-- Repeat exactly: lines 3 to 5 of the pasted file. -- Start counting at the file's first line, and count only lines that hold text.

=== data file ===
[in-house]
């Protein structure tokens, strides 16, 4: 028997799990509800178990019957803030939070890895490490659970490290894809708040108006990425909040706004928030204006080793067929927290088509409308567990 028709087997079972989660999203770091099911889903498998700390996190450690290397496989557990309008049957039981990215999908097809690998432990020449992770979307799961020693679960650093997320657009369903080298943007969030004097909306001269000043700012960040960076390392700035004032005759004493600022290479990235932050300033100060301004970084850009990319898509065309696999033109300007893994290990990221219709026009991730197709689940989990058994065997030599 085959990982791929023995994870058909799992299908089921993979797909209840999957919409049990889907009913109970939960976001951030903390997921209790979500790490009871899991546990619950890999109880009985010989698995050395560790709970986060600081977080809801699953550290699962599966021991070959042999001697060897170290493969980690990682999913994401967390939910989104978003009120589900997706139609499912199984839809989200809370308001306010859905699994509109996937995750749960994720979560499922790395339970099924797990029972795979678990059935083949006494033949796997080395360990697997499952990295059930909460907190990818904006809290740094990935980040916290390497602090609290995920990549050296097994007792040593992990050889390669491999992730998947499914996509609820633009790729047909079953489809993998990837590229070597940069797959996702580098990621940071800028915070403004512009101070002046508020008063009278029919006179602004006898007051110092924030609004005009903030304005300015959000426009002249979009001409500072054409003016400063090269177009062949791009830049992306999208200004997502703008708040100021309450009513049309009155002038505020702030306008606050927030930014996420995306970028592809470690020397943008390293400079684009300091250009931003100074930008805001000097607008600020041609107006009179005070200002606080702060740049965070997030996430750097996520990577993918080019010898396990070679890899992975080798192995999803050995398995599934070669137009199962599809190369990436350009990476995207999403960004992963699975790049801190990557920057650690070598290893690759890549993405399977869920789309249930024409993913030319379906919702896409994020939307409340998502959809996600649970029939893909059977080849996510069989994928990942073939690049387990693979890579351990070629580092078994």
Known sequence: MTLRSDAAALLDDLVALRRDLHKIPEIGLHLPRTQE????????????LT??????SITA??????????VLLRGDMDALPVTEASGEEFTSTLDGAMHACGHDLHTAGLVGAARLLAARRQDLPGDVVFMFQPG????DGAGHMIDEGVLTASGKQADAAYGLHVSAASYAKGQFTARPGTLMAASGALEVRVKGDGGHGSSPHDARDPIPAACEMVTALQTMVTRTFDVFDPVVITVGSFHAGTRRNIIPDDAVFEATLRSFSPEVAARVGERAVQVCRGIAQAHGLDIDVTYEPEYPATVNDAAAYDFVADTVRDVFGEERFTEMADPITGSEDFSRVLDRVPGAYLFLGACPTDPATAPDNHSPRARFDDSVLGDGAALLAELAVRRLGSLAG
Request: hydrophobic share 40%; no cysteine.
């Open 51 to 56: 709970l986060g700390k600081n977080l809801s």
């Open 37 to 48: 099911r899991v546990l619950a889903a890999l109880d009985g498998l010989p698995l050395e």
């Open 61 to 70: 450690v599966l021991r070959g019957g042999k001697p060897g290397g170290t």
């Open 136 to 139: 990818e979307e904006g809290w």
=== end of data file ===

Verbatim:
Known sequence: MTLRSDAAALLDDLVALRRDLHKIPEIGLHLPRTQE????????????LT??????SITA??????????VLLRGDMDALPVTEASGEEFTSTLDGAMHACGHDLHTAGLVGAARLLAARRQDLPGDVVFMFQPG????DGAGHMIDEGVLTASGKQADAAYGLHVSAASYAKGQFTARPGTLMAASGALEVRVKGDGGHGSSPHDARDPIPAACEMVTALQTMVTRTFDVFDPVVITVGSFHAGTRRNIIPDDAVFEATLRSFSPEVAARVGERAVQVCRGIAQAHGLDIDVTYEPEYPATVNDAAAYDFVADTVRDVFGEERFTEMADPITGSEDFSRVLDRVPGAYLFLGACPTDPATAPDNHSPRARFDDSVLGDGAALLAELAVRRLGSLAG
Request: hydrophobic share 40%; no cysteine.
């Open 51 to 56: 709970l986060g700390k600081n977080l809801s």